Never Without Her

by Patricia McCarthy

He never had to do without her.
Her smile lived in his eyes,
her presence clothed him.

Odd times when apart,
she breathed in his rhymes
scrawled on shreds of paper

that padded out his pockets.
He shaped her in his shout:
hand cupped to his mouth –

Kath, Kath. Mavourneen.
Through streets, esplanades,
night lights, her tall figure

echoed to his need, fell in
with his step. Then back.
He never had to do without her.

We had to do without him
histories ago. When the car
knocked him down, his lips

stiffened into the call of her name,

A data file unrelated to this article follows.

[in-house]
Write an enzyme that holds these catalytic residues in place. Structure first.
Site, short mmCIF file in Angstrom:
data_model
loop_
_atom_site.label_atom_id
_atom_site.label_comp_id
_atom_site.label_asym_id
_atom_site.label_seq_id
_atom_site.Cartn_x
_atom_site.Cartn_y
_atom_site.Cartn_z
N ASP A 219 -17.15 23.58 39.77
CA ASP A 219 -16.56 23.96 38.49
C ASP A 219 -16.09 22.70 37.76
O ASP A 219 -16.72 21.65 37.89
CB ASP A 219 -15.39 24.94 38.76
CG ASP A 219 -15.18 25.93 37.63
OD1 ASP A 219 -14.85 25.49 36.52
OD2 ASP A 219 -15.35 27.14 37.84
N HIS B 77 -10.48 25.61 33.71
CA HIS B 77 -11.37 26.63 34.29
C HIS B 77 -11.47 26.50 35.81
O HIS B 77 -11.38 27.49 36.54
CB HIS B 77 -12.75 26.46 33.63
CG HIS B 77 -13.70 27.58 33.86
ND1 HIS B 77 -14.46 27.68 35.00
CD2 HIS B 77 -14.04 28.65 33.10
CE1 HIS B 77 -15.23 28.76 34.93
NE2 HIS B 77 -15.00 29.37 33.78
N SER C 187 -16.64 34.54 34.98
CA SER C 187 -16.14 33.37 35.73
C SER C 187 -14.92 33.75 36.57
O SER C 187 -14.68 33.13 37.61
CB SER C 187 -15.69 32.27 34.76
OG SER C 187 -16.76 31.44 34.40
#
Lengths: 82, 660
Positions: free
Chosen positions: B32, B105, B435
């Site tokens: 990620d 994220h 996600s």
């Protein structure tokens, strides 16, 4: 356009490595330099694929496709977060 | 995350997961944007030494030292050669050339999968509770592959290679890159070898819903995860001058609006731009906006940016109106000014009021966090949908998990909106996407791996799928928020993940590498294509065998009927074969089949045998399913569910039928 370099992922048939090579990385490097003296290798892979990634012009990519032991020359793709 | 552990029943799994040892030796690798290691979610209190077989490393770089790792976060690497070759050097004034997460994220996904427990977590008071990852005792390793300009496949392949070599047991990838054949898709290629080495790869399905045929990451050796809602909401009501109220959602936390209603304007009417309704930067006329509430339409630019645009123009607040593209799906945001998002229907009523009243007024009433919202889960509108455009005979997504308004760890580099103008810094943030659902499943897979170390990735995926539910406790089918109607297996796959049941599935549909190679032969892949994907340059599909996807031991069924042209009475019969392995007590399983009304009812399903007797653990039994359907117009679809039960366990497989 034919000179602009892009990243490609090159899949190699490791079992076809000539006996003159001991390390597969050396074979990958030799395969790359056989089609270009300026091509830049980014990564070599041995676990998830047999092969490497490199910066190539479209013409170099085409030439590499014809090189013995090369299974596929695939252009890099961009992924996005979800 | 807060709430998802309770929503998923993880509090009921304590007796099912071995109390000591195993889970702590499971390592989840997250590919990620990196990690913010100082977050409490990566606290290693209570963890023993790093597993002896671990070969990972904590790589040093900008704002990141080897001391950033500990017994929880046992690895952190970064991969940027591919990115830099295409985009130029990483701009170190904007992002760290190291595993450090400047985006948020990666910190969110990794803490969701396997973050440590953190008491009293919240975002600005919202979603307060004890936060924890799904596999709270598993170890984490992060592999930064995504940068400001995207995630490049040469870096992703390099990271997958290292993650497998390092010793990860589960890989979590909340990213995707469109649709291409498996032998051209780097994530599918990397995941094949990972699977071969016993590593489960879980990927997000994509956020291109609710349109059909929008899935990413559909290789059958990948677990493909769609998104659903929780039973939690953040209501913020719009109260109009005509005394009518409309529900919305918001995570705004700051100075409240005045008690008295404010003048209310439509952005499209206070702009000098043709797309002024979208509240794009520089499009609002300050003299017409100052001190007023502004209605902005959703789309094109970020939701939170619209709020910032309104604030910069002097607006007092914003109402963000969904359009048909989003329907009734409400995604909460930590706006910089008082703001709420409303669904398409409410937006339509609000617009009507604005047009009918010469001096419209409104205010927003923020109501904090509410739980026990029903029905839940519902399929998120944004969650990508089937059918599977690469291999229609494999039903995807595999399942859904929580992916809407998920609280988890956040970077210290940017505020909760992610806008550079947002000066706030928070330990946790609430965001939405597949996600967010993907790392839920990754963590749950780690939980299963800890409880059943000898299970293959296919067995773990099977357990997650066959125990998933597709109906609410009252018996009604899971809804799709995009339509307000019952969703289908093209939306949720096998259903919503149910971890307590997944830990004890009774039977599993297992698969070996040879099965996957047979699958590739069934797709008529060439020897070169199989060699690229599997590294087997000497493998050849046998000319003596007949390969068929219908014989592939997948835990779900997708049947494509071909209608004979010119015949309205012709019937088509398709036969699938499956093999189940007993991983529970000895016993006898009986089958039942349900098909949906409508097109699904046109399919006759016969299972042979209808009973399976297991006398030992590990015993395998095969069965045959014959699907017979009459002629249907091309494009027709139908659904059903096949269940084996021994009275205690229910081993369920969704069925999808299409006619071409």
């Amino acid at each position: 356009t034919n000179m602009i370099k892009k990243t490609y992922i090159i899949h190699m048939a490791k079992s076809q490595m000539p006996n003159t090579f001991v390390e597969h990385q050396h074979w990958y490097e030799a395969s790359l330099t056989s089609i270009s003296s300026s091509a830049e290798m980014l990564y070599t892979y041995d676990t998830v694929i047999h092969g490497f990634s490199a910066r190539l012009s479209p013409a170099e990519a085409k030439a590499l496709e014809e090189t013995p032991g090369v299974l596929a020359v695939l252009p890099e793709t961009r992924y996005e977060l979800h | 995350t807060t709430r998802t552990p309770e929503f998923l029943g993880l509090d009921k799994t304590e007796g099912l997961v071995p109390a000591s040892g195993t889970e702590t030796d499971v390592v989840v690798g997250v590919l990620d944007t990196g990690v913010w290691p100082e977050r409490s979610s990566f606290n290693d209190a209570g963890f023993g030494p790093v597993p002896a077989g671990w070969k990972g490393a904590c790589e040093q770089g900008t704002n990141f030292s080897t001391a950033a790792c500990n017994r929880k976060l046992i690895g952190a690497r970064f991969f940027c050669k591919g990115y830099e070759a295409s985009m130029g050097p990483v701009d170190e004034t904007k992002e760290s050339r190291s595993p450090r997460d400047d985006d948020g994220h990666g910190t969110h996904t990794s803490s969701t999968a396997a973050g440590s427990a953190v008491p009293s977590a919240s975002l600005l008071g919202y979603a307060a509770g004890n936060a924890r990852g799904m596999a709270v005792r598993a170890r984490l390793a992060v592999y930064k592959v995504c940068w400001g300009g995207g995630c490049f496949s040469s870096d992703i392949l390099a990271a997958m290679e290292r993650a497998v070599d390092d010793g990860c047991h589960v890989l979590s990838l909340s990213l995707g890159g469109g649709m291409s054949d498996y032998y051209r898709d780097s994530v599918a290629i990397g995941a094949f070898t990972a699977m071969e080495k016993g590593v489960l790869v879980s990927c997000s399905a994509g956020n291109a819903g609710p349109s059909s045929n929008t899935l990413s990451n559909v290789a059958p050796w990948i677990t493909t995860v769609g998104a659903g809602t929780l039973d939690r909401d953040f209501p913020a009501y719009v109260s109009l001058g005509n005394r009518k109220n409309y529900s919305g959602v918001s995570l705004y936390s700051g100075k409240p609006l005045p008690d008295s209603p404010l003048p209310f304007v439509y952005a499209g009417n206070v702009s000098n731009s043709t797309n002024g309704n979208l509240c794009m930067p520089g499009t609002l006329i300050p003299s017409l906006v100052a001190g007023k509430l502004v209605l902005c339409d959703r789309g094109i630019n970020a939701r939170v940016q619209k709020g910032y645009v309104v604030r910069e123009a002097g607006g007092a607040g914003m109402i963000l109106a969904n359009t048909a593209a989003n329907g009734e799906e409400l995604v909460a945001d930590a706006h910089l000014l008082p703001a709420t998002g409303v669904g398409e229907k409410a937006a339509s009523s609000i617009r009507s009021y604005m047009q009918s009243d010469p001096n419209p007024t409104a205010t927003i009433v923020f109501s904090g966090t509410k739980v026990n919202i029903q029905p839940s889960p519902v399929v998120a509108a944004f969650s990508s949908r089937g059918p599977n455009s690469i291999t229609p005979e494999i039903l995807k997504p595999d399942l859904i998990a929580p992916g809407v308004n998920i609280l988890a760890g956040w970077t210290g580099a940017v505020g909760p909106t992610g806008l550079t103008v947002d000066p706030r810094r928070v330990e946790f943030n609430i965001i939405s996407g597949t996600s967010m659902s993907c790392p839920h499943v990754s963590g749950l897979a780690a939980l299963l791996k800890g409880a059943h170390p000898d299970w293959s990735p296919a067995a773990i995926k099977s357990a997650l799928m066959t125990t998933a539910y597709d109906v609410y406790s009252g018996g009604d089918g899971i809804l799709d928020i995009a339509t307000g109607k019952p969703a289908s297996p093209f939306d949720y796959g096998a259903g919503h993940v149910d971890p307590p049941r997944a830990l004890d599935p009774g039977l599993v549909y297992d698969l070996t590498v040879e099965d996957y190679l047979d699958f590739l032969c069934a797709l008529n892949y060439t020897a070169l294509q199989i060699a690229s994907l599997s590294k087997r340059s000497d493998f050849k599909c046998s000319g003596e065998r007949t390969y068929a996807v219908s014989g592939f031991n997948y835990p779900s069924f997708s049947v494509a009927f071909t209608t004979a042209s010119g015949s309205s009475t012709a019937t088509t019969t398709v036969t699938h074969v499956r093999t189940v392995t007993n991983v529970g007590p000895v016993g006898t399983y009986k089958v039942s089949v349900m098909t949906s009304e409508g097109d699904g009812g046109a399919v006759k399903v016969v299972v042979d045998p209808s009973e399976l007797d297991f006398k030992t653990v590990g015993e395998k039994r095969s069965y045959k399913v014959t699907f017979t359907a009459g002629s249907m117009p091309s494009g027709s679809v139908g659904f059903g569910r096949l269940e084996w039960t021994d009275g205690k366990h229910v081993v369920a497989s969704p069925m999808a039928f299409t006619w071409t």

the pleasure-boat he had planned
to captain for trips with her

around his body and heart
drawn up forever alongside her
in his broken arms’ harbour –

flags all drooped at half-mast.
We have had to do without her.
And make-do now with her face

reflected still in his monocle,
with his love for her in old songs
crooning in his West Cork blood:

Believe me if all those endearing
young charms, Now the day is over…
His fiddle trembles in its case

as we chime in with him:
…soon I’ll be sailing far across
the sea. O please remember me!

Reproduced with the kind permission of the author. Patricia McCarthy, winner of The Poetry Society’s National Poetry Competition 2013, is the editor of the national/international poetry journal, Agenda.